Coding & Camembert
// September 13, 2016

Why GoDaddy didn’t work out for me


When I first started out in web development, I didn’t know anything about web hosting. All I knew was that I needed a domain name, and a ‘server’ to host that domain. I started on Yahoo’s Geocities (hello 2008!) and only knew that when you uploaded an .html file, a webpage would appear. When Geocities closed at the end of 2009, I was forced to look into a new hosting provider. Knowing nothing, this is where GoDaddy came in.

I paid $67 USD for the first year, here was the rough breakdown:

  • $48 –  Economy Hosting
  • $5 – Certified Domain
  • $5 – Business Registration
  • $7 – Private Registration Services
  • $2 – Domain Name

Certified domain was/is useless and the business registration I never used. The private registration in theory seems like a nice idea to protect my information.. But can cause legality issues if ever there is a dispute. Sadly, I didn’t understand this, and have been paying for all of those services for the past 5 years. I also ended up increasing my hosting to the Deluxe package (doubling the cost) as I wanted to host multiple domains.

The hosting initially served its purpose and I started to install multiple WordPress sites. Unfortunately, that is when all my websites slowed down. I created an incident report within a week of upgrading and complained about how slow the service was.

They answered back with a generic response about how I can use GZIP, minifying files, image compression, disabling FasterCGI and this:

Because you are in a shared environment, there will be times when the traffic to your server will be high and performance issues may persist. This is typical for websites across all providers of shared hosting in an environment such as yours. As we work to improve our environment, here are some tips that you can use to improve your website’s optimization for page load speed […]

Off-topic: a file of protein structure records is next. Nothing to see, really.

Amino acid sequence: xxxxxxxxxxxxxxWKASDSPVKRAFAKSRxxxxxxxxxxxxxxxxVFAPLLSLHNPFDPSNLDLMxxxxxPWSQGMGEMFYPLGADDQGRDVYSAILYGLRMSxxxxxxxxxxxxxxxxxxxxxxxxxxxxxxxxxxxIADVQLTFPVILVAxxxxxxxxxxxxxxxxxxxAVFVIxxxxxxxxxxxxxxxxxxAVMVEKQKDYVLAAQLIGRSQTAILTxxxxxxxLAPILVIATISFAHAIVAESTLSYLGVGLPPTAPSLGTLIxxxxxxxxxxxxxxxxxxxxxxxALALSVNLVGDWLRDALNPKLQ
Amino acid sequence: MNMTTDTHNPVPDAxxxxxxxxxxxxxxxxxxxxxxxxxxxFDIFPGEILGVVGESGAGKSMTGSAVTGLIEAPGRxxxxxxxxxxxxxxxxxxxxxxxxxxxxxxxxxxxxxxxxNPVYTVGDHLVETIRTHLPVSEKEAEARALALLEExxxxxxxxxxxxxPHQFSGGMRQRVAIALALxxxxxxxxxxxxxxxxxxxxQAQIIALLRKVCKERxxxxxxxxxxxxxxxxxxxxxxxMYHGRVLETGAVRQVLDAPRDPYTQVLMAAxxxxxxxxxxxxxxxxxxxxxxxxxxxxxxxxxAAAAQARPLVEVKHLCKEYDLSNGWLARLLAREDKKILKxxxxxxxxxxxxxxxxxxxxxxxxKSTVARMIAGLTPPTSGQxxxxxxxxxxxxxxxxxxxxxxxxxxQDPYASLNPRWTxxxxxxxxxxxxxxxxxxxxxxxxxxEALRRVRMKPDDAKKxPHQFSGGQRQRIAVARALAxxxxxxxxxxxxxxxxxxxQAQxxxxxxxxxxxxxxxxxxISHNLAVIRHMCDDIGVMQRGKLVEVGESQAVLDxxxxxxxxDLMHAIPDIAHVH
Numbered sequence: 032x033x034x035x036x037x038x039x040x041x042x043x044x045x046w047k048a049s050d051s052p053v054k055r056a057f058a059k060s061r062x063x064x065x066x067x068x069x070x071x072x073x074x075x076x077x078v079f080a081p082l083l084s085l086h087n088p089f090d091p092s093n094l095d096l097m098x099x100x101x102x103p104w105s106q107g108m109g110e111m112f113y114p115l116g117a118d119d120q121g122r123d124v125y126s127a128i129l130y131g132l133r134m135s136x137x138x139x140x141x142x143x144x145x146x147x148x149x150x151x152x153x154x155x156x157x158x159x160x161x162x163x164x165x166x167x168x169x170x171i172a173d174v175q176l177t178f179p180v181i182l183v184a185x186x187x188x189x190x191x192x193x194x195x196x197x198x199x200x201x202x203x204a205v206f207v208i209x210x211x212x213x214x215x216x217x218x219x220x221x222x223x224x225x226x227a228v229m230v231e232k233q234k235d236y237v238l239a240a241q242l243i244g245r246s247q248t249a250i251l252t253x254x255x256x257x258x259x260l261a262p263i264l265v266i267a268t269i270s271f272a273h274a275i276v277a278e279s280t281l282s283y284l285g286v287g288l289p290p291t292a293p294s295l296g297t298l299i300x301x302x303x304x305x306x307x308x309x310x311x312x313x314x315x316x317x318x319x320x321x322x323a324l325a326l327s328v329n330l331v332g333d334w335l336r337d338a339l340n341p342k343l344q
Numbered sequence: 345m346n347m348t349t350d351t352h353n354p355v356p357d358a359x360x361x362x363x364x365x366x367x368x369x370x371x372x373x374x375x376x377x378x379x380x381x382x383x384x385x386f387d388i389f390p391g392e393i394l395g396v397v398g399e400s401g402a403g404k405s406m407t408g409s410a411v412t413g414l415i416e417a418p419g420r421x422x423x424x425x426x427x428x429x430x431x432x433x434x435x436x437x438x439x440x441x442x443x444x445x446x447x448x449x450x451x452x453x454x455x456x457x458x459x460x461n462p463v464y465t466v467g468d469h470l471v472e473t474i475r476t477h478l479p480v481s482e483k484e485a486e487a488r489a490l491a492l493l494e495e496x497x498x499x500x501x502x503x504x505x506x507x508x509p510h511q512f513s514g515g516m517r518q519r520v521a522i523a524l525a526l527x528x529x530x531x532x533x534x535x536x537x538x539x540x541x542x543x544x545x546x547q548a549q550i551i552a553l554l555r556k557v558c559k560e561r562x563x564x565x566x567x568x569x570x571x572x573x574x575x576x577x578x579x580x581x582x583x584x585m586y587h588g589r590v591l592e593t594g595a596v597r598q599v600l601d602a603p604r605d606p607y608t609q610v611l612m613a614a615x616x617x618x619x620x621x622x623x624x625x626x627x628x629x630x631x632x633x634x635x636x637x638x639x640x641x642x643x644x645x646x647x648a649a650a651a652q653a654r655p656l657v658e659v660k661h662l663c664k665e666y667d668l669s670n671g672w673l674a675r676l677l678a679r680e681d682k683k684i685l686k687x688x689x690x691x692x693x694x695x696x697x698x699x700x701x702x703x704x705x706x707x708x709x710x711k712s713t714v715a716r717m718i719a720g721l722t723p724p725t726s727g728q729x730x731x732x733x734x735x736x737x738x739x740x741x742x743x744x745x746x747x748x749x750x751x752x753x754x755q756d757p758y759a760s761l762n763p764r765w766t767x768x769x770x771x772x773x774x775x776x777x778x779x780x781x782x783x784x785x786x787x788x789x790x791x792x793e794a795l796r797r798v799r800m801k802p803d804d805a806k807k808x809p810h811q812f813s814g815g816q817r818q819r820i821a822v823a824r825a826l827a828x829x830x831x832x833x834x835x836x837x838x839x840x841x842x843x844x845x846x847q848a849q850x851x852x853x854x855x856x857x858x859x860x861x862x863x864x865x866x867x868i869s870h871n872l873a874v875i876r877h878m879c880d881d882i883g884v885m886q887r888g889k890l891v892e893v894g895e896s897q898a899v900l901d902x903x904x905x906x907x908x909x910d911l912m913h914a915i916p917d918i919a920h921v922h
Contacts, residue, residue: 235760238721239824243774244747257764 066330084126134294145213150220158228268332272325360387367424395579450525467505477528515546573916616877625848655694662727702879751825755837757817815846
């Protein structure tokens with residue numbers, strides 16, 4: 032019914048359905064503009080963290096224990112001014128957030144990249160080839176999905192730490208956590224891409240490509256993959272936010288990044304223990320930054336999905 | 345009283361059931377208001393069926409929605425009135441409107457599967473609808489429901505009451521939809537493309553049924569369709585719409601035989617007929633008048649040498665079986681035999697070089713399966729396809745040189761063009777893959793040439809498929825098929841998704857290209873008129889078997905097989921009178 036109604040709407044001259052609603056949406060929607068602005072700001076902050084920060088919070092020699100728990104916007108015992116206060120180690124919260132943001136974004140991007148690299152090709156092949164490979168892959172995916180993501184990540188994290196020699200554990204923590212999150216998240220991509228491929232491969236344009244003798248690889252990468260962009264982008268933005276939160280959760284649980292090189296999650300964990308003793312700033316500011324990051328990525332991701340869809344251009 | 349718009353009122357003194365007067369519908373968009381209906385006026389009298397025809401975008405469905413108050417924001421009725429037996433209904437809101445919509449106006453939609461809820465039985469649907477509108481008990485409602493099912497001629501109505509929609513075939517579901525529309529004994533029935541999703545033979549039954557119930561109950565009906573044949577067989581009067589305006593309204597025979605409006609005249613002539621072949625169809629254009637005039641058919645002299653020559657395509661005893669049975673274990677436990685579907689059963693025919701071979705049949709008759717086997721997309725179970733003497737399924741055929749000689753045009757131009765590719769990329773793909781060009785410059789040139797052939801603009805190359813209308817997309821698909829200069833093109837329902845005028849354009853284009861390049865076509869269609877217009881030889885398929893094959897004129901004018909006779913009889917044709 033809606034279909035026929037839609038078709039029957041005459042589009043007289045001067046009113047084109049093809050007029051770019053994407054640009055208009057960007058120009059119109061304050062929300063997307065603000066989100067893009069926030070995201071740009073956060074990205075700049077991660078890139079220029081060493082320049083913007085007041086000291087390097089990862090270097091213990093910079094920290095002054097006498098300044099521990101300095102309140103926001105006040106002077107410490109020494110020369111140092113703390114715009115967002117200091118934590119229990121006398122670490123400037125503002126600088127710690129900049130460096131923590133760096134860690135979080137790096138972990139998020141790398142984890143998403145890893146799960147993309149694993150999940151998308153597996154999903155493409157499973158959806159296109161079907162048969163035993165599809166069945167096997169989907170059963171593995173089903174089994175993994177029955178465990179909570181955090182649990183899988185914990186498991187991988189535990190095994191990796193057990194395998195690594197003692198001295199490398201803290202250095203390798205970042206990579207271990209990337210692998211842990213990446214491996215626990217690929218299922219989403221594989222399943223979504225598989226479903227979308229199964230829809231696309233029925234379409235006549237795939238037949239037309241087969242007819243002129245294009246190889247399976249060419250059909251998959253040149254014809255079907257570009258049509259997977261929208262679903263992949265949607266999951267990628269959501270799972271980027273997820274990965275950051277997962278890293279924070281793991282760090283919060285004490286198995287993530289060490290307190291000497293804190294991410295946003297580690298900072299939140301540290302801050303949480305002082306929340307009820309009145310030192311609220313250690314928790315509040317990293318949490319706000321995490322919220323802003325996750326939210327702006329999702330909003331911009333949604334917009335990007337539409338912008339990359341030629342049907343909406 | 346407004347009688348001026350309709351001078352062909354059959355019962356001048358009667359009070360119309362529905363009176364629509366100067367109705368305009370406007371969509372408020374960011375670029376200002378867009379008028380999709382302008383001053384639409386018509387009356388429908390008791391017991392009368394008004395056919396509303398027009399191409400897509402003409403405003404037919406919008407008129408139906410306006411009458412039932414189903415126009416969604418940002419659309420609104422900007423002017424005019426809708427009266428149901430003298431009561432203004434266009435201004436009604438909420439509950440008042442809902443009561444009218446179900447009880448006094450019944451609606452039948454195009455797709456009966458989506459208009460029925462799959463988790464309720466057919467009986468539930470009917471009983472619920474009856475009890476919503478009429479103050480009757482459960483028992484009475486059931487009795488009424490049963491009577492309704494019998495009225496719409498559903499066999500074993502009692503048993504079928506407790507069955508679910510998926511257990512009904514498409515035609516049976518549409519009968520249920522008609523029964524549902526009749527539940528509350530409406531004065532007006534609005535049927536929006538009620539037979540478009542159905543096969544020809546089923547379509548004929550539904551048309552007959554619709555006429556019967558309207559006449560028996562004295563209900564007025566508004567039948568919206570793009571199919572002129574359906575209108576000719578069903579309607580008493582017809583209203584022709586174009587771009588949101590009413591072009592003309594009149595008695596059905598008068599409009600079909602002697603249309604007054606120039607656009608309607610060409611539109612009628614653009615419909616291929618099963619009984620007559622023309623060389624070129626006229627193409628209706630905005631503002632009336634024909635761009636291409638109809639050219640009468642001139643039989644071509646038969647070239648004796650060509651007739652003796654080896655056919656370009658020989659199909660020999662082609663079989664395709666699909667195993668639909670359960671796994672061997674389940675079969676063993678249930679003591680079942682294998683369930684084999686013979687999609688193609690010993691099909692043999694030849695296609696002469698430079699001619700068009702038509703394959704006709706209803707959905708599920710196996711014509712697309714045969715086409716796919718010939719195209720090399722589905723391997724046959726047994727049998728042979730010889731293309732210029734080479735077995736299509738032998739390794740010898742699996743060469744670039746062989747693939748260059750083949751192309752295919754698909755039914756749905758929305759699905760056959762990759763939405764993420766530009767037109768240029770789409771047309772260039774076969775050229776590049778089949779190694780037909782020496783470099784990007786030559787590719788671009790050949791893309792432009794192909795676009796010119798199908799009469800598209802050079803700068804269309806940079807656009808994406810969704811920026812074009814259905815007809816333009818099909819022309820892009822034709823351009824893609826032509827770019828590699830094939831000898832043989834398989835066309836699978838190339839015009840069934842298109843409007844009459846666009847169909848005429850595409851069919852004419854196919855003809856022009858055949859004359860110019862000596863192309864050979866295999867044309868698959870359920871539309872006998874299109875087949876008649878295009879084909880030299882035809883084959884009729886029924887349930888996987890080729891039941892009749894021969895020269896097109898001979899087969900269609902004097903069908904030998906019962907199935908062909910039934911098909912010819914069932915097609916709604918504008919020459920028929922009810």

I can’t remember if I found there to be an improvement, but I definitely had been experiencing major latency issues for the better part of two years. However, due to my ignorance of server maintenance, I simply assumed it was my ISP acting up.

That being said, GoDaddy’s phone service has always been good. Additionally, they call you yearly to see if you are satisfied with their service. Usually when they call, my latency issues are far from my thoughts, so I have had no complaints.

After 3 years of using GoDaddy’s slow hosting, I finally decided to make the switch to a VPS (Virtual Private Server), specifically DigitalOcean. If I could, I would transfer my domains to DigitalOcean, however they don’t offer that service. Ultimately, I don’t mind GoDaddy’s interface, and the price of the domains aren’t that bad, so I am going to leave all of my domains there.  All that is left is to point the DNS to the appropriate server.